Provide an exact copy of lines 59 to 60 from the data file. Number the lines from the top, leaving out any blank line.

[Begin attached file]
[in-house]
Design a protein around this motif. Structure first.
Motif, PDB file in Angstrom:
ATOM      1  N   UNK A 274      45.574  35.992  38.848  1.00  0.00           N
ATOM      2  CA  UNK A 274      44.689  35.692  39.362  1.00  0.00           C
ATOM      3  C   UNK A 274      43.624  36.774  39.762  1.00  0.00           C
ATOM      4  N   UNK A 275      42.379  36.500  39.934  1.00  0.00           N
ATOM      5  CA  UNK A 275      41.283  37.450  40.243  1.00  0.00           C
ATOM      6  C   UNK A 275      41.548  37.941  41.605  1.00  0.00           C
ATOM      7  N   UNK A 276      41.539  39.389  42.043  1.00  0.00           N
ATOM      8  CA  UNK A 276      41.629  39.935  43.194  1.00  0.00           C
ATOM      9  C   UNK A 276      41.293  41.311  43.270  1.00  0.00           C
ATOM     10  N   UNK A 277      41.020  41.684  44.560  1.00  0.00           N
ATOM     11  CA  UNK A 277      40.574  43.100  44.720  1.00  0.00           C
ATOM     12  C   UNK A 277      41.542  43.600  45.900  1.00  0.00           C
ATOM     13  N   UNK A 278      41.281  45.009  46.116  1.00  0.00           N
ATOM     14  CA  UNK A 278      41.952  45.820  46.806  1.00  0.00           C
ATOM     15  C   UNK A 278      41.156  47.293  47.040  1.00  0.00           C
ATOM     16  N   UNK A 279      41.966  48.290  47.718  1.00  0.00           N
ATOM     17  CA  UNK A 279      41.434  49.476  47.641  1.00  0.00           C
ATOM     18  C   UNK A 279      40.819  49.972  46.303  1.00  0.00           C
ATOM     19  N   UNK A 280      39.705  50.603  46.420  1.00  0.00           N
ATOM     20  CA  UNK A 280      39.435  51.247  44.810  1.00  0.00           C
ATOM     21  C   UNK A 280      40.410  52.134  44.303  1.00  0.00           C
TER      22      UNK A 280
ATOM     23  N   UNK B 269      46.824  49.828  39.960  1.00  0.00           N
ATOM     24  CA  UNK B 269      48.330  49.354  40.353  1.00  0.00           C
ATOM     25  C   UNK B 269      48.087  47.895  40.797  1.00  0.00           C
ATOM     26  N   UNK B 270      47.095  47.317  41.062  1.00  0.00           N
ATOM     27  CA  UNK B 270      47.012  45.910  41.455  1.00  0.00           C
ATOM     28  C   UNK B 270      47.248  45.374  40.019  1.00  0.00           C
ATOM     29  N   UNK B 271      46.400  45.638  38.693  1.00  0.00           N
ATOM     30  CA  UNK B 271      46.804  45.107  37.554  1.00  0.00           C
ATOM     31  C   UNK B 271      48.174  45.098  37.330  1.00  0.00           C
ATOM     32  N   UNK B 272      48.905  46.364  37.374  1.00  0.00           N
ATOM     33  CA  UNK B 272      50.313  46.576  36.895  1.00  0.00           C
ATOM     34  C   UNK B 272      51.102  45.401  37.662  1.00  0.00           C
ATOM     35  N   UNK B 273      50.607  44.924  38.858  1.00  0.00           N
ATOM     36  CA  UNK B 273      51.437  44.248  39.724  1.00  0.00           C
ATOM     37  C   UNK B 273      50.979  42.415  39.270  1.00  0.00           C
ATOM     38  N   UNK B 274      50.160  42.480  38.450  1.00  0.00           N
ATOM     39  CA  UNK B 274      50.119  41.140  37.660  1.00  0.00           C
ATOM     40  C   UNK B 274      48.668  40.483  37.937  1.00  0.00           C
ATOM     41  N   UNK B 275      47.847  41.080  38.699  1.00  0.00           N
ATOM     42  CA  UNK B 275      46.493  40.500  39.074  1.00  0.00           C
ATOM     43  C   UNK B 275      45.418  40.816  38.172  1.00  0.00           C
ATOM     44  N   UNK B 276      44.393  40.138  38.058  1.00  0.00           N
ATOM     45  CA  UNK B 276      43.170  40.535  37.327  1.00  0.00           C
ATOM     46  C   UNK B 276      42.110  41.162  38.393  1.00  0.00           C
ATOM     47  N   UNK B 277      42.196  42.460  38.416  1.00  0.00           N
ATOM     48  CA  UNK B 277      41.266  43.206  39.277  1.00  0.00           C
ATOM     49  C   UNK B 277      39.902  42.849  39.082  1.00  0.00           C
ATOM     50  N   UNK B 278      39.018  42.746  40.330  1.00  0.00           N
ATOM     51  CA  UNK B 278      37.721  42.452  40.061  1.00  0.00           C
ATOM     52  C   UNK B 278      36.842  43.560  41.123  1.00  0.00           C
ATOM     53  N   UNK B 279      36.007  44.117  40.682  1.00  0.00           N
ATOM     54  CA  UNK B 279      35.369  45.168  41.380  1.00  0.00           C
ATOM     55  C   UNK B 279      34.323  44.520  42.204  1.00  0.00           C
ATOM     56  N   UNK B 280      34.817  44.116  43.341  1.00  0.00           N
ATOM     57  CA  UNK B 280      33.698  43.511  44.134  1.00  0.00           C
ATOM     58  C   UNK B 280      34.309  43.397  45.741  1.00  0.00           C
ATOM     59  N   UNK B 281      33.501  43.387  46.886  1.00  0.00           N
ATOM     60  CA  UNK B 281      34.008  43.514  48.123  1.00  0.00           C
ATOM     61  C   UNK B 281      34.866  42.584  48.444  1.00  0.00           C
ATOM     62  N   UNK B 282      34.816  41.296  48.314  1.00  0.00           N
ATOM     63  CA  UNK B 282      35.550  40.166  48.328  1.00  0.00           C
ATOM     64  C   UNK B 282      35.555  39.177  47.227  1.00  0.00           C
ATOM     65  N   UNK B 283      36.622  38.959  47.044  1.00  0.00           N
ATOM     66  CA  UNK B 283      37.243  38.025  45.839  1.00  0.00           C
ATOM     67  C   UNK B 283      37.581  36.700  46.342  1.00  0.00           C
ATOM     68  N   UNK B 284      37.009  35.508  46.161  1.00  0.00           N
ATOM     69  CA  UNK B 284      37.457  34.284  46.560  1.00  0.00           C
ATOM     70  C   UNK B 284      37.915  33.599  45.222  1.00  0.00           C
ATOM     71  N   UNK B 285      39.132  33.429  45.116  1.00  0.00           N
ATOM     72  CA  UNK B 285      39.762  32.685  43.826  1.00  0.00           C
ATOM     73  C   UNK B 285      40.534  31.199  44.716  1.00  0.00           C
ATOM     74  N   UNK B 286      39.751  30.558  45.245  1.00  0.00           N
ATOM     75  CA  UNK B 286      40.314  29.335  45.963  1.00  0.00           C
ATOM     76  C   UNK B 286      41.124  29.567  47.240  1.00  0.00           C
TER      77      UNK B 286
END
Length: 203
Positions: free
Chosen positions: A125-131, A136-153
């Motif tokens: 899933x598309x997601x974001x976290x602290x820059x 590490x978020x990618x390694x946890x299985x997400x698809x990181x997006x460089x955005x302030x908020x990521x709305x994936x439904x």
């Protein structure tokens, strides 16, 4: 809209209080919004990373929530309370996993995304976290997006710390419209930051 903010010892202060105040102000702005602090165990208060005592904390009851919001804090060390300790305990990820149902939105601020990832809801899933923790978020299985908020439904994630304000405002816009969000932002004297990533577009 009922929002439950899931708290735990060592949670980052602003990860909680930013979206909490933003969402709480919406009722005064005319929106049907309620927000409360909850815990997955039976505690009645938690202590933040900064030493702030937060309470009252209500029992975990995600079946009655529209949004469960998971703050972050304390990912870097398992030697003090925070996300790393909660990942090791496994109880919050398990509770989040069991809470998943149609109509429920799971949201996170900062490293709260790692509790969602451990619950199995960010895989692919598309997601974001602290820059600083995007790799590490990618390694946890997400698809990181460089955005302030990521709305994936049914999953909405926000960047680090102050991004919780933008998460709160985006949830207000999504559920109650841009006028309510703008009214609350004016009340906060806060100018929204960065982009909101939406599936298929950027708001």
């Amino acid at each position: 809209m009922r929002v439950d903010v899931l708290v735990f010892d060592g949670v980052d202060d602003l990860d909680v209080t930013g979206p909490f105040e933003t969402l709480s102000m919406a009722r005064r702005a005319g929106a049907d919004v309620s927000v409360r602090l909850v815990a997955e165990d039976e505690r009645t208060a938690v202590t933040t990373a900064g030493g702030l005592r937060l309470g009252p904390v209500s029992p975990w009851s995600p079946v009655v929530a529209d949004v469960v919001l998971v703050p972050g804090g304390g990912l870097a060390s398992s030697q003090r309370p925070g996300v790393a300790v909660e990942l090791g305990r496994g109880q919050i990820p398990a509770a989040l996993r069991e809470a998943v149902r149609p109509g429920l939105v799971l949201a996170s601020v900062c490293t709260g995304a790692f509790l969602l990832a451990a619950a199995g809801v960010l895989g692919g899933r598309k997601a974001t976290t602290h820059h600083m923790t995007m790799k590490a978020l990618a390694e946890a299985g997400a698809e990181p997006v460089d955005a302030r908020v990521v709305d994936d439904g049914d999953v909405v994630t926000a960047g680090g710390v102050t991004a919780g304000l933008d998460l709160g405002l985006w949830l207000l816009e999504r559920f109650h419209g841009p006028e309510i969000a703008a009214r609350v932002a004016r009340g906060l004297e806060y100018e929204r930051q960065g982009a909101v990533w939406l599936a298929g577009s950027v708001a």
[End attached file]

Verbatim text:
ATOM     56  N   UNK B 280      34.817  44.116  43.341  1.00  0.00           N
ATOM     57  CA  UNK B 280      33.698  43.511  44.134  1.00  0.00           C